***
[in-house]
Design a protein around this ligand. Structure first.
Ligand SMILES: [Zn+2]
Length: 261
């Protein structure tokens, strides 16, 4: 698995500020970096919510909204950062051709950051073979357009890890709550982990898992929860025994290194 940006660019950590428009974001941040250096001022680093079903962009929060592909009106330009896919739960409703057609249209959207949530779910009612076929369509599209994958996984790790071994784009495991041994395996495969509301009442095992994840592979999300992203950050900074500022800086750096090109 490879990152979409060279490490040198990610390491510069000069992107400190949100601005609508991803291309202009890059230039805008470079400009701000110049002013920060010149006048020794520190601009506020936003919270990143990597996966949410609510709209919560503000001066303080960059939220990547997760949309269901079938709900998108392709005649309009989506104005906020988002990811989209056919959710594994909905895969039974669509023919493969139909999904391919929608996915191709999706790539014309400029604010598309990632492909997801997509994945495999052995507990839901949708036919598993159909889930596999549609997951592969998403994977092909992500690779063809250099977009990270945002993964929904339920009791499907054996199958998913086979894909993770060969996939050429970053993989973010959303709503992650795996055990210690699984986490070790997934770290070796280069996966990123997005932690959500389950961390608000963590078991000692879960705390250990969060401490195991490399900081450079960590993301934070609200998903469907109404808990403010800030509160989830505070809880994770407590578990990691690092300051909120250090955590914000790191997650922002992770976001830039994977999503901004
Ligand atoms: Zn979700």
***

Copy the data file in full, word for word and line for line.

[in-house]
Design a protein around this ligand. Structure first.
Ligand SMILES: [Zn+2]
Length: 261
């Protein structure tokens, strides 16, 4: 698995500020970096919510909204950062051709950051073979357009890890709550982990898992929860025994290194 940006660019950590428009974001941040250096001022680093079903962009929060592909009106330009896919739960409703057609249209959207949530779910009612076929369509599209994958996984790790071994784009495991041994395996495969509301009442095992994840592979999300992203950050900074500022800086750096090109 490879990152979409060279490490040198990610390491510069000069992107400190949100601005609508991803291309202009890059230039805008470079400009701000110049002013920060010149006048020794520190601009506020936003919270990143990597996966949410609510709209919560503000001066303080960059939220990547997760949309269901079938709900998108392709005649309009989506104005906020988002990811989209056919959710594994909905895969039974669509023919493969139909999904391919929608996915191709999706790539014309400029604010598309990632492909997801997509994945495999052995507990839901949708036919598993159909889930596999549609997951592969998403994977092909992500690779063809250099977009990270945002993964929904339920009791499907054996199958998913086979894909993770060969996939050429970053993989973010959303709503992650795996055990210690699984986490070790997934770290070796280069996966990123997005932690959500389950961390608000963590078991000692879960705390250990969060401490195991490399900081450079960590993301934070609200998903469907109404808990403010800030509160989830505070809880994770407590578990990691690092300051909120250090955590914000790191997650922002992770976001830039994977999503901004
Ligand atoms: Zn979700």